Kahuli Swu is from Nagaland, India, and comes to Hartford Seminary with the ambition to work for peace and development through the IPP. She holds a Bachelor of Divinity (BD) degree from Serampore College, and a Diploma in Peace Education from Martin Luther Christian University(MLCU) in Shillong, Meghalaya. Both of her parents are retired Government teachers and she is one of seven children. Her nickname is Kaho.
After earning her BD, Kaho was involved in Church ministry and worked as a program assistant at the Clark Centre for Peace Research and Action (CCPRA) at Clark Theological College, Mokokchung, Nagaland. She has participated in three regional level Conflict Transformation workshops and attended two ‘Training of Trainers’(TOT) on Peace Count on Tour in 2010, 2012 and 2013 has worked on peace issues among the communities of the Northeast (India). Just prior to coming to Hartford Seminary this fall, she was working as an assistant coordinator at Peace Coalition of Northeast India (PCNI).
Kaho’s work at PCNI is what piqued her interest in interfaith dialogue and the IPP. PCNI has facilitated interfaith dialogue among Muslims and Christians in Assam (India) and between Hindus and Christians in Manipur. “Interfaith dialogue is an important work for PCNI as the multi-ethnic, multi-cultural and multi-faith settings in the northeast India region requires greater understanding for promoting Peace and Harmony,” she said.
We asked Kaho what made the Hartford Seminary program stand out and she replied, “I desired to train myself in an advance course on peace skills, particularly in interfaith and intercommunal settings so that I would be effective in my role as a peace builder.”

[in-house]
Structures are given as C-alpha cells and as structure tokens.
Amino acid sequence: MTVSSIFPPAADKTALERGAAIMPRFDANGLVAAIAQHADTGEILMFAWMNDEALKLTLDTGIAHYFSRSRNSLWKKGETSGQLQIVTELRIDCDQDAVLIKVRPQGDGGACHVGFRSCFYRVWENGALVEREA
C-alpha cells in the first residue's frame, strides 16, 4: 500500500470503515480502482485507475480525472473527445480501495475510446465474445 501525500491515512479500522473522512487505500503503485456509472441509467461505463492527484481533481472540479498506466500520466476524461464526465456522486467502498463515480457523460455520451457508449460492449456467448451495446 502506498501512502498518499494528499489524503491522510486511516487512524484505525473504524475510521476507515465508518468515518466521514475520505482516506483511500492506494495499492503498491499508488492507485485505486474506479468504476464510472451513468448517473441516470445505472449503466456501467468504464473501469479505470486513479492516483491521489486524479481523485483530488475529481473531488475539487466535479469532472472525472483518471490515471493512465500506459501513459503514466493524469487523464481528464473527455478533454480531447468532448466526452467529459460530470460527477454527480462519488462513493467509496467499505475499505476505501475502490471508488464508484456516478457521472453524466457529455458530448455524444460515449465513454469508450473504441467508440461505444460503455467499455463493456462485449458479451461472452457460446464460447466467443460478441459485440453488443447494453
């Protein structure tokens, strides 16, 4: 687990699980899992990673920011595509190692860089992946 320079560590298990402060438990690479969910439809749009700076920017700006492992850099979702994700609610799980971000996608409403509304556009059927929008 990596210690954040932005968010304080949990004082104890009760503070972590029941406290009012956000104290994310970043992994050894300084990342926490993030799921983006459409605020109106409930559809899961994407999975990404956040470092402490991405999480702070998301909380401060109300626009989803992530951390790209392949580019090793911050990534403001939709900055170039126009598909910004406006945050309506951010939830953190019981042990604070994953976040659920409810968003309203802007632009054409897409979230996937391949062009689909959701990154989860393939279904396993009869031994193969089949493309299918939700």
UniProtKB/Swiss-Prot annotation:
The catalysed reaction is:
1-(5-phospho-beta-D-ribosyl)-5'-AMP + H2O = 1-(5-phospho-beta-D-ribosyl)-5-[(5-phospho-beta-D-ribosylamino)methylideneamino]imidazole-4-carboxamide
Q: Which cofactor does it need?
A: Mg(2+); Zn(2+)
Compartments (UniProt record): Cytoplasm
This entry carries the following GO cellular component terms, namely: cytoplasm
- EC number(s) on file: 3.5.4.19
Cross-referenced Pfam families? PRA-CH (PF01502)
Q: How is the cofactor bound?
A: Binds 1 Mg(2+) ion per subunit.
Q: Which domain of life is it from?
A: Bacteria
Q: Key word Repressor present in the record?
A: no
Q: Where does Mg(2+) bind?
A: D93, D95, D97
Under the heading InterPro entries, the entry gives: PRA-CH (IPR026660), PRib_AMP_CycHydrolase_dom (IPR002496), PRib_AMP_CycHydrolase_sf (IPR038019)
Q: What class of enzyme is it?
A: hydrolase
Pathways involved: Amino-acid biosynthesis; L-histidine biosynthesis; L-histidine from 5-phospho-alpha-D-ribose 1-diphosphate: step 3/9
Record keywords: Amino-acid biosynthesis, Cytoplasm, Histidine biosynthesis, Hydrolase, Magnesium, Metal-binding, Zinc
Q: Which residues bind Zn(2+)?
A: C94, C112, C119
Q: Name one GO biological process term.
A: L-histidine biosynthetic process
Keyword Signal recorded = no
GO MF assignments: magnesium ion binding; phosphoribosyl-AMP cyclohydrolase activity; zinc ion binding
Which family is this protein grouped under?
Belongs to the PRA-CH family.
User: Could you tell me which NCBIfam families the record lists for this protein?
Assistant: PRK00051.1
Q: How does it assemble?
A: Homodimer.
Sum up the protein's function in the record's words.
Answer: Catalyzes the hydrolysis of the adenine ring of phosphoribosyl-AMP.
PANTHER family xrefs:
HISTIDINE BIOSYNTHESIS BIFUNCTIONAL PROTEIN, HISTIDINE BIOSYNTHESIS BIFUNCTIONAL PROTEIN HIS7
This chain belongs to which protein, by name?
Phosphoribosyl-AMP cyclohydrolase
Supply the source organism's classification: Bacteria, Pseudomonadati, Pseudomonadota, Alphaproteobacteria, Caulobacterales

“I wanted to learn it from an institution that offers courses on interfaith and has ethno-cultural backgrounds,” she continued. “I found out that Hartford Seminary has such type of set up with diverse backgrounds and settings which will help to interact and learn skills that will help me in my work area.”
Kaho comes from the predominantly Christian state of Nagaland, India which has witnessed rifts between Catholics and Protestants. Conflicts also arise from interfaith misunderstanding between Christians, Hindus and Muslims. Kaho would like to address these issues at home after her year on campus. “An urgent need to address and facilitate better understanding among different denominations and faiths groups has been felt, which can strengthen harmony at the grassroots community level,” she said.